I watch a bear from the window, gracefully and powerfully descending the hill and later another sauntering serenely up the slopes of tundra. There is such peace in those movements that they make the chaos inside the bus all but disappear. The bear moving into the distance, beautiful and oblivious to the French tourist shoving the American elitist’s head down, all fighting for the best view. I think to myself, every bear I see is graceful, powerful and beautiful. How many people do I describe with those…Read more
Thoughts and Stories
Lone Pine Peak
Held by the fire and my guitar, I stayed awake too long. We talked with some campers whose friends, scared of the local bear turned in early wanting to leave in the morning. I crawled in the camper shell of my truck for a paltry two hours of sleep. The ersatz rooster crow alarm went off at 1:30 AM and I crawled out to knock on the window of Mike’s car where he was still sleeping. We moved our vehicles to the main road, since our campsite wasn’t really ours and set off up the Meysen Lakes Trail on our…Read more
Every night lately, out walking the dog I’m drawn in to gazing up at Mars. Much to her frustration I stop every couple of minutes and look up. While I contemplate the celestial, her preference is to sniff the gutter—I guess it’s not so different when you really think about it. The truth is, when I was in college, if I made it just a little further down the alphabetized list of majors, I may have ended up studying Astronomy rather than Anthropology. People (and dogs) might be stardust, but people tend to get…Read more
I met up with Robert in Lone Pine and we drove up to Tuolumne from there. I had never been to Yosemite before and so I looked out at the night wondering what new views may be hidden. We bivied among the trees at the trailhead and the brisk air was a harbinger of autumn.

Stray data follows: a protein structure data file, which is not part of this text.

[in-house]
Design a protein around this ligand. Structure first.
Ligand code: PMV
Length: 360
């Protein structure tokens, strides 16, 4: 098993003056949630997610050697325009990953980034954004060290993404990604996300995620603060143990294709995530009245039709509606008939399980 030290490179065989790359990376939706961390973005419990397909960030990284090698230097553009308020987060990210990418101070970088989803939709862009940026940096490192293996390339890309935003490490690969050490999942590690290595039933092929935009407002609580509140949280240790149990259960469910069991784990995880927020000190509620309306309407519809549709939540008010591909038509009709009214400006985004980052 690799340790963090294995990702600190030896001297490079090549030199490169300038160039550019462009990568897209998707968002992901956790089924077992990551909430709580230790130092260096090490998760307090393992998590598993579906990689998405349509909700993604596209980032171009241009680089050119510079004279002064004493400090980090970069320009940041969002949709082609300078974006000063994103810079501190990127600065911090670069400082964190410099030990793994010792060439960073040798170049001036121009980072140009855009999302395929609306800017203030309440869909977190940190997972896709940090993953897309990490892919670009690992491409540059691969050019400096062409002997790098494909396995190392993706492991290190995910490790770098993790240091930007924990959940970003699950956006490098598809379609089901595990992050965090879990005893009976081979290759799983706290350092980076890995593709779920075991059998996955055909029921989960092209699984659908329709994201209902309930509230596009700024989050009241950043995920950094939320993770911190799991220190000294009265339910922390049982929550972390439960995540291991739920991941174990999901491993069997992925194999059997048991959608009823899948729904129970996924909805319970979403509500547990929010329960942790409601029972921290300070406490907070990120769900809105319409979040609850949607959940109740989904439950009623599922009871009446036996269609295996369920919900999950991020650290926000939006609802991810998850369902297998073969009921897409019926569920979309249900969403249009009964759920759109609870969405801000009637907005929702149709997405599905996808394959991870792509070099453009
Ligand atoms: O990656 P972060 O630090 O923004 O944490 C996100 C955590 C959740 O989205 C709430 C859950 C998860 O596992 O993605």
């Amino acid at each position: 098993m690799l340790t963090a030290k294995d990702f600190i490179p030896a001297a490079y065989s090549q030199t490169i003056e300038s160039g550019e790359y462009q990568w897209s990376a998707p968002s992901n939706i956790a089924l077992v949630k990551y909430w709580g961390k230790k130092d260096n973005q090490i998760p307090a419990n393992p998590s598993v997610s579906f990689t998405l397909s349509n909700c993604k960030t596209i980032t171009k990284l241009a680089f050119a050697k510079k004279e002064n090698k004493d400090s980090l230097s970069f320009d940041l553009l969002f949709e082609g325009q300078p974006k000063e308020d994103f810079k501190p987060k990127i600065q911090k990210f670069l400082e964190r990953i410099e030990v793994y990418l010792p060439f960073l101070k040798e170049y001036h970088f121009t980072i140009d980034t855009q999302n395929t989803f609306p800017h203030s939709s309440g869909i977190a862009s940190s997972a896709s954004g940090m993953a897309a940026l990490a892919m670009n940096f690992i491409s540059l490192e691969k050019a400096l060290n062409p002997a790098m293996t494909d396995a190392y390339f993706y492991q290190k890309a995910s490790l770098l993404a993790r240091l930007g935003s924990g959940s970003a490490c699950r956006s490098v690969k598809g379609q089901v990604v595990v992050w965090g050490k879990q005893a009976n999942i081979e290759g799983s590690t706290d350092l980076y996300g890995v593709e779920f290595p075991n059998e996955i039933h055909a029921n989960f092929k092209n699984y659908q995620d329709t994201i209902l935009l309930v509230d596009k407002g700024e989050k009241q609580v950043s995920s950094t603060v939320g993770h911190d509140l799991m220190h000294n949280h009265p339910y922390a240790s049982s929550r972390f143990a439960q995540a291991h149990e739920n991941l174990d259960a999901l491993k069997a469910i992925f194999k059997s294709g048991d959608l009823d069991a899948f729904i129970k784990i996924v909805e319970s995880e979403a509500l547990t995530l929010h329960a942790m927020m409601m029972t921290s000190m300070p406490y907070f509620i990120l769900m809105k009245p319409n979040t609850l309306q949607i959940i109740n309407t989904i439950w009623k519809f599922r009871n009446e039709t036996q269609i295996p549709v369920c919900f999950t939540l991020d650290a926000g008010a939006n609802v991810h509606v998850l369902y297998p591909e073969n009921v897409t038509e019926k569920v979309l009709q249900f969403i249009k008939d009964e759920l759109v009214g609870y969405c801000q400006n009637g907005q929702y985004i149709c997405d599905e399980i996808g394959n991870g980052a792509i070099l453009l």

We were up at before dawn, made coffee and ate breakfast—for me, peanut butter and jelly—organized our gear for the day and set off. Up and down the main trail looking for the turn off to Cathedral Peak, we were shown the way by some…Read more
After a few beers and a hearty lunch, Mike and I set off up the North Fork of Big Pine Creek Trail. Our objective was the 5.7 Swiss Arête of Mount Sill—or Nenimish, Guardian of the Valley. Shirtless, with a rope and a container of sandwiches strapped to my stuffed pack, I enjoyed the mountain air and afternoon sun as we made our way passed the numbered lakes and up to Sam Mack Meadow, a soft green alpine landscape surrounded by granite and steep chutes of snow.
We crossed the stream running through the…Read more
Our camp was an idyllic oasis by a softly running creek under quaking aspens and sleep continued to tempt me with its warm comfort, but it was time to go and I freed myself from its grasp. I set off into the dark toward the mass of mountain, only just perceptible under the starlight. Day light was still hours away and my head lamp shone on the ground in front of me. I lifted my head looked forward, greeted by two wide eyes reflecting in a greenish glow. For a moment neither of us moved, but then the…Read more
Split Mountain Peak
Camped at Lower Red Lake, I rolled around in my sleeping bag after vivid but now forgotten dreams. My watch read 2:00 am and I relaxed deeply at the notion of two more hours of sleep before braving the cold darkness of the mountain just before dawn. I closed my eyes and dozed off. With what felt like only the passing a couple of minutes my alarm was calling me from my sleep. 4:00 am. Shit. I sat up and retrieved my head lamp. To avoid the cold just a little longer, I put my jacket and snow pants on within…Read more